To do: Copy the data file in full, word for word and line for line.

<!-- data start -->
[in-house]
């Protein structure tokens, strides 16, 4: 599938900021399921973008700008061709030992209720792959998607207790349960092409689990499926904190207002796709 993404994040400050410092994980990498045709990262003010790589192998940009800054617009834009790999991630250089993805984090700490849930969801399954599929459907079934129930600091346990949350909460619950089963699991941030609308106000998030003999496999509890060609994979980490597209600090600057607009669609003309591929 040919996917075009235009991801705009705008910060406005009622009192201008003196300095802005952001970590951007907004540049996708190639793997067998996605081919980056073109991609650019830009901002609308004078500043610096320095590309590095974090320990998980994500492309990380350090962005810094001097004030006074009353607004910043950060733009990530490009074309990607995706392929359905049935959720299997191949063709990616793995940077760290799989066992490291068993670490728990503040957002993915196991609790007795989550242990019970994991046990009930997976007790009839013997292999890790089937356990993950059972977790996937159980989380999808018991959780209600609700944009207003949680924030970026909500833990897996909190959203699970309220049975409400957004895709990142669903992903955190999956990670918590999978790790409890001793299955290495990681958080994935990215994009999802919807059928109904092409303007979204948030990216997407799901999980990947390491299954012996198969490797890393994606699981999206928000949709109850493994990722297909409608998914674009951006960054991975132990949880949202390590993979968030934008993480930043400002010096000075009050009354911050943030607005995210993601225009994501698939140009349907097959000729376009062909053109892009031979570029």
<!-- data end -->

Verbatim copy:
[in-house]
């Protein structure tokens, strides 16, 4: 599938900021399921973008700008061709030992209720792959998607207790349960092409689990499926904190207002796709 993404994040400050410092994980990498045709990262003010790589192998940009800054617009834009790999991630250089993805984090700490849930969801399954599929459907079934129930600091346990949350909460619950089963699991941030609308106000998030003999496999509890060609994979980490597209600090600057607009669609003309591929 040919996917075009235009991801705009705008910060406005009622009192201008003196300095802005952001970590951007907004540049996708190639793997067998996605081919980056073109991609650019830009901002609308004078500043610096320095590309590095974090320990998980994500492309990380350090962005810094001097004030006074009353607004910043950060733009990530490009074309990607995706392929359905049935959720299997191949063709990616793995940077760290799989066992490291068993670490728990503040957002993915196991609790007795989550242990019970994991046990009930997976007790009839013997292999890790089937356990993950059972977790996937159980989380999808018991959780209600609700944009207003949680924030970026909500833990897996909190959203699970309220049975409400957004895709990142669903992903955190999956990670918590999978790790409890001793299955290495990681958080994935990215994009999802919807059928109904092409303007979204948030990216997407799901999980990947390491299954012996198969490797890393994606699981999206928000949709109850493994990722297909409608998914674009951006960054991975132990949880949202390590993979968030934008993480930043400002010096000075009050009354911050943030607005995210993601225009994501698939140009349907097959000729376009062909053109892009031979570029």